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Traffic Simulator

Traffic Simulator

Looking for a fun distraction that also includes a little civic and social engineering, Traffic Simulator gives you and your students a chance to see how slight changes in road systems, driving patterns, and other factors can lead to major back-ups on our roadways.

The initial pattern on the website is a steady circle of traffic (ring road), and you can manipulate different factors such as the total number of cars on the road, the number of those that are trucks, and the acceleration of those vehicles to show how each affects the traffic in a closed system.  Once you’ve played with that and messed up rush hour, you can try the other traffic patterns, such as adding an on-ramp (above), off-ramp, construction, hill, or detour to see how each can also change the traffic.  Different elements can again be manipulated to test the roads and demonstrate how different factors can lead to traffic nightmares.

Explanations of some of the physics and psychology of traffic are provided through the links on the sidebar, as well as different ways to use the simulation.  Traffic Simulator is a wonderful tool for seeing how traffic patterns can shift and change and what affects them, as well as providing students with some problem solving as they work through how to alleviate the traffic and find the ideal conditions for each roadway.

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Culturally Authentic Picture Lexicon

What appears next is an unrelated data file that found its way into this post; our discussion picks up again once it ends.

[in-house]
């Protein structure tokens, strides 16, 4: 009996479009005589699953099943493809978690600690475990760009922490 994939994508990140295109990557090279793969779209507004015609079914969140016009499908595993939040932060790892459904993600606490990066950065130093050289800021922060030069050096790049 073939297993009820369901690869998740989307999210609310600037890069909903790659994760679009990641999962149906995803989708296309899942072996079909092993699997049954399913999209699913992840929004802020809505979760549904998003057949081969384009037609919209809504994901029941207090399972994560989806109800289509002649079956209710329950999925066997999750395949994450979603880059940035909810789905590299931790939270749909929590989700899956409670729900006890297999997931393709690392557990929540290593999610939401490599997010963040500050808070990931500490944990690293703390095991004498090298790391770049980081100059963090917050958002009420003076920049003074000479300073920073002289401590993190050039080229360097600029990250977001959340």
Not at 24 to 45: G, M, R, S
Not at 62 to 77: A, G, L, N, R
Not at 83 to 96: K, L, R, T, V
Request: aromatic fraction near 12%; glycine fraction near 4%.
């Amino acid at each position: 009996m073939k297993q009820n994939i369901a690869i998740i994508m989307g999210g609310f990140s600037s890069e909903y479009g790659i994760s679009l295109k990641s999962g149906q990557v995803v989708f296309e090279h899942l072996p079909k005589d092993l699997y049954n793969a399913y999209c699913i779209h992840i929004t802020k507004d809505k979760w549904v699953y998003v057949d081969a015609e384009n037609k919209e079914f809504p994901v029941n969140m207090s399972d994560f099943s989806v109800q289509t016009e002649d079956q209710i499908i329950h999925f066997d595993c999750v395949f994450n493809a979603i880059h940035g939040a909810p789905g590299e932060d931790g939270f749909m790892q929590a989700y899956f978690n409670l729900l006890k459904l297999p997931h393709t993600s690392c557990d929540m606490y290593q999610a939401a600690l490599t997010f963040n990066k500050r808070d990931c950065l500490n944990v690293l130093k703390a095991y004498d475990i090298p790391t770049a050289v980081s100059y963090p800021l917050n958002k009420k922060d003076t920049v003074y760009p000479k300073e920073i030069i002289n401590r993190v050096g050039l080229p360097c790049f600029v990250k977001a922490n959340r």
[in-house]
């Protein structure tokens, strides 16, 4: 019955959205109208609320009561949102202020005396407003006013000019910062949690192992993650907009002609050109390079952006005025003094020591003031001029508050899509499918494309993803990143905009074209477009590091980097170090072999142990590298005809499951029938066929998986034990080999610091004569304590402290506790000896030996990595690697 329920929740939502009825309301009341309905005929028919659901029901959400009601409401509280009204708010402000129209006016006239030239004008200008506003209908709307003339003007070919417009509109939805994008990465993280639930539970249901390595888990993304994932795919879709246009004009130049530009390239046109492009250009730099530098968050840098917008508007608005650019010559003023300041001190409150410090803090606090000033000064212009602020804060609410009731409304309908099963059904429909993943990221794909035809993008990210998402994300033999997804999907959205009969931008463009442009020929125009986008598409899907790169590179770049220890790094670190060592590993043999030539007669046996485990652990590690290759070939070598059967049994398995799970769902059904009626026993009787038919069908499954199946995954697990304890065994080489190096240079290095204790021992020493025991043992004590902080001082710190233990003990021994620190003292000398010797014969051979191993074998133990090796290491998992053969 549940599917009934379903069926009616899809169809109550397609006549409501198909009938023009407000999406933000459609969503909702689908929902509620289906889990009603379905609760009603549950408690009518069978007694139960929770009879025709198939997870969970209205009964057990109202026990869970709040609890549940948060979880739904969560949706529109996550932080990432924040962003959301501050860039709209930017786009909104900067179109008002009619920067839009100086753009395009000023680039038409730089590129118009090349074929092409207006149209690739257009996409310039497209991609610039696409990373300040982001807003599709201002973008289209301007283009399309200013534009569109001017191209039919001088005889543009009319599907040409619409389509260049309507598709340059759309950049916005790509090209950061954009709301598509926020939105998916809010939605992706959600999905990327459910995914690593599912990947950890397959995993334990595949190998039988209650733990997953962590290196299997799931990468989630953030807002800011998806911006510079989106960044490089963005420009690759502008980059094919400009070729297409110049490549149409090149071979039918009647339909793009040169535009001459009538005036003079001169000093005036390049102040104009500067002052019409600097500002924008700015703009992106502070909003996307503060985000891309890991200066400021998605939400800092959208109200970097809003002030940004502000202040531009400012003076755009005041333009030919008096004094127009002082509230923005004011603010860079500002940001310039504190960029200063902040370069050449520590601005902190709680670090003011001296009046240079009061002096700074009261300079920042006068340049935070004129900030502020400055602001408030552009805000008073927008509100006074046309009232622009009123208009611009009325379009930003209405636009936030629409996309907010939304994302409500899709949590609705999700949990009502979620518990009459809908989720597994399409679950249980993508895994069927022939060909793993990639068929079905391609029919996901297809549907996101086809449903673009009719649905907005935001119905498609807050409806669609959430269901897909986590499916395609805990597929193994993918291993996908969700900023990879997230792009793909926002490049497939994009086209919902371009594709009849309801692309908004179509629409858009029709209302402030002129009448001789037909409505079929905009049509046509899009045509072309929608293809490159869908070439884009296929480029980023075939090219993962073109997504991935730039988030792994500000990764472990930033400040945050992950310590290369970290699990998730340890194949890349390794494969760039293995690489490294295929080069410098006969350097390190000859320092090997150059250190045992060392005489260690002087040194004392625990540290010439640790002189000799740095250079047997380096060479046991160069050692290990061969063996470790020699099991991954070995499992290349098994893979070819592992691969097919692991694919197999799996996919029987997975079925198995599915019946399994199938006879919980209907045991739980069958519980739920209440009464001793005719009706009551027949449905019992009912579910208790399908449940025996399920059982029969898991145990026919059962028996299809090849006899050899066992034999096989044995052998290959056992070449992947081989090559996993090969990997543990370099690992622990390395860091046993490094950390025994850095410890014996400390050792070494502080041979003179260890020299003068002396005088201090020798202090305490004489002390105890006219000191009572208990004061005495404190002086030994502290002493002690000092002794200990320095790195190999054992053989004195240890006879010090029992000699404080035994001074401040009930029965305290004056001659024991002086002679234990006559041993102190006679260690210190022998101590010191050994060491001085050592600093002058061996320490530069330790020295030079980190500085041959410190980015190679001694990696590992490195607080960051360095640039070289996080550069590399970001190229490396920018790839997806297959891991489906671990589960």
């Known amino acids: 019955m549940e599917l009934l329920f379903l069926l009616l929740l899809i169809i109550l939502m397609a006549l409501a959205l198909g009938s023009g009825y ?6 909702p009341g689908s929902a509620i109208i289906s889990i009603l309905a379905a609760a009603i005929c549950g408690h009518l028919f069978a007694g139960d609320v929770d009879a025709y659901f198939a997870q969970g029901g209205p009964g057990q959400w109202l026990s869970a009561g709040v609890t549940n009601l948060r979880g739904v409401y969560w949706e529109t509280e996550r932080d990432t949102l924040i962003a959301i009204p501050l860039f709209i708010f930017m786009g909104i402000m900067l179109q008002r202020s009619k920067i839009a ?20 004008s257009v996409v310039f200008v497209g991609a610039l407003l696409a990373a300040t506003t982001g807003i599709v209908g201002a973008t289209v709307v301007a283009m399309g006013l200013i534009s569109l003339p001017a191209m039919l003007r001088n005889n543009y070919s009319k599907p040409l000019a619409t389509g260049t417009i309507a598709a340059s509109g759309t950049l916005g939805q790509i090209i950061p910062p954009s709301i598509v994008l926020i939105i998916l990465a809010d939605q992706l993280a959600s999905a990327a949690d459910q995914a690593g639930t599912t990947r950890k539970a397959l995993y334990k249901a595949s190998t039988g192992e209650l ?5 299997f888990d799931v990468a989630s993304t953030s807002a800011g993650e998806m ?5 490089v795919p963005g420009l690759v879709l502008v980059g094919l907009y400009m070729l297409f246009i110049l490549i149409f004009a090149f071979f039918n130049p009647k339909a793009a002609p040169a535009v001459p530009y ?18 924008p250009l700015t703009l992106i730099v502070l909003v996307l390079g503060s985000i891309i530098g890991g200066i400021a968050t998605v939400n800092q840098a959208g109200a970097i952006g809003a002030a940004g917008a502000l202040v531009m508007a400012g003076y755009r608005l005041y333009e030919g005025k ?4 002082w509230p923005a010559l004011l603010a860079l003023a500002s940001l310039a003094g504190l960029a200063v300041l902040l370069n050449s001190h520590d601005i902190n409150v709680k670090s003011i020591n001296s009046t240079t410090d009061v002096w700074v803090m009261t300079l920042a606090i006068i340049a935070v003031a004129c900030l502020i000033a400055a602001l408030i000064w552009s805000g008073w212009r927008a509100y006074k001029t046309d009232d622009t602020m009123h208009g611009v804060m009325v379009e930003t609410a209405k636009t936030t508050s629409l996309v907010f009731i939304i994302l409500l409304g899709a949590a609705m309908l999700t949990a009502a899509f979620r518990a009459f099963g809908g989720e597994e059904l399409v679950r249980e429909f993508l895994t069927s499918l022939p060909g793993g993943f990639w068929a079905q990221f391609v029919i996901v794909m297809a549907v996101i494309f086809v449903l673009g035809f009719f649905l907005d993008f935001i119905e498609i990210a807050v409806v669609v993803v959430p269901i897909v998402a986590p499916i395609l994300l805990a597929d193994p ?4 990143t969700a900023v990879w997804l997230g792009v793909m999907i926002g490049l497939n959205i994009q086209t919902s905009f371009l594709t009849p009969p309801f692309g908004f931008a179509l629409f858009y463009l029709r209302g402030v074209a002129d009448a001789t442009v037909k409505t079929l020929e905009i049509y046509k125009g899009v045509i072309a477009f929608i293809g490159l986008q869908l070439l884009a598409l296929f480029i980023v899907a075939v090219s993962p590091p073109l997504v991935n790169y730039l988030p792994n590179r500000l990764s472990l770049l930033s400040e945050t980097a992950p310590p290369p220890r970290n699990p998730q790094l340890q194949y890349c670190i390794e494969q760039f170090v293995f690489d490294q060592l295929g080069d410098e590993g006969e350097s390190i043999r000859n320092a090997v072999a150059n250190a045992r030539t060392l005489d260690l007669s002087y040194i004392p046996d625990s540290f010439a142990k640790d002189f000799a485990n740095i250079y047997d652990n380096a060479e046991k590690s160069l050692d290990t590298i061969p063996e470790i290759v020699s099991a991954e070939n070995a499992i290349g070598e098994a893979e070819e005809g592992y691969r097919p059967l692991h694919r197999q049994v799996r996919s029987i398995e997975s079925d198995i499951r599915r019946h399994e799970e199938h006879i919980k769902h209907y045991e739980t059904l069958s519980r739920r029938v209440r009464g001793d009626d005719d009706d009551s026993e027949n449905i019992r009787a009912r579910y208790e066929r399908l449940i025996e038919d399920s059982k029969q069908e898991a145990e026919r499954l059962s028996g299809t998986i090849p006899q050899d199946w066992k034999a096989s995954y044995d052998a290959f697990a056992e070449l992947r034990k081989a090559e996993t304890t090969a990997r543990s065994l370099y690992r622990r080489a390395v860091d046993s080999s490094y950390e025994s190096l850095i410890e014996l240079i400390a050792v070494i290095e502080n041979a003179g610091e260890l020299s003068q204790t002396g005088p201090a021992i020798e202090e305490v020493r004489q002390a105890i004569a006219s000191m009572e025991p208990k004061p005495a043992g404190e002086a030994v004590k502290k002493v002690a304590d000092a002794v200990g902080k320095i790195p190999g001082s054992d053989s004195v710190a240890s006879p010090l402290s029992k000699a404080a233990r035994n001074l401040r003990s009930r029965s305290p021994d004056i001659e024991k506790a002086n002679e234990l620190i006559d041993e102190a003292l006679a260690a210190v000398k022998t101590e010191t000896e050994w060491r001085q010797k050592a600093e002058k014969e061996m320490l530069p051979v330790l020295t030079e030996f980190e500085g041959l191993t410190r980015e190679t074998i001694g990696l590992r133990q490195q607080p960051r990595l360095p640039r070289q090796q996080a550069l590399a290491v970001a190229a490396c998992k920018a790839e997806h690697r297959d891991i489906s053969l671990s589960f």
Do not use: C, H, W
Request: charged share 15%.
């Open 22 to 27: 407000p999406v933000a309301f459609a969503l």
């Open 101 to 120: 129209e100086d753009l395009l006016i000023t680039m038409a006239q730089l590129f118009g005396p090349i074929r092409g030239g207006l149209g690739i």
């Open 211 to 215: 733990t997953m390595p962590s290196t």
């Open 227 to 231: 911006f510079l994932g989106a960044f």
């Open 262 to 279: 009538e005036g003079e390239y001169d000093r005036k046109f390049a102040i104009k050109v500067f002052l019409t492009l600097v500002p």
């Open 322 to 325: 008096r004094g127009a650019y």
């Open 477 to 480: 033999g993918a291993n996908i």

Culturally Authentic Picture Lexicon

The Culturally Authentic Picture Lexicon (CAPL) is a great site to use in classes to help students find pictures that are both authentic and appropriate from other cultures and countries.  All the photographs held in the database were taken by natives of the culture and are organized by language and also by region.  You can either browse or search the CAPL to find great photos from around the world.

One of the great benefits of the CAPL in education is that it can be used by teachers outside of simply being another repository for photos.  Each picture is cataloged by language and region and contains both an English description and foreign language translation.  This is an excellent way to infuse your world language curriculum into searching and project creation.

Another way many educators use the CAPL is to have students use the photos as writing prompts in world history and cultures classes, to recreate the images in art classes, to identify plants and animals in science, or to address cultural differences in Social Studies classes.  The CAPL is a perfect accompaniment to a Project-Based Learning environment with endless cross-curricular possibilities.

Last, but not least, check out the Pictolang Tab on CAPL as well.  This will take you to a sister site where students can play four different games that use the CAPL’s photos:

  • Visual Word Trainer – Turns the photos into flash cards so students can practice or learn vocabulary
  • Picture Match Game – Given 8 images, students choose the photo that matches the word or phrase caption and are given immediate feedback.
  • Word Match Game – Students see one image and find the appropriate caption or vocabulary word from 8 choices, again with immediate feedback
  • Analyst Game – Students are given one image and then match the corresponding culture from 8 choices.

I highly recommend giving CAPL a try for both your world language classes, as well as social studies can history classes where you are looking for fun, exciting ways to incorporate real world images and examples for students that infuse and are steeped in modern culture.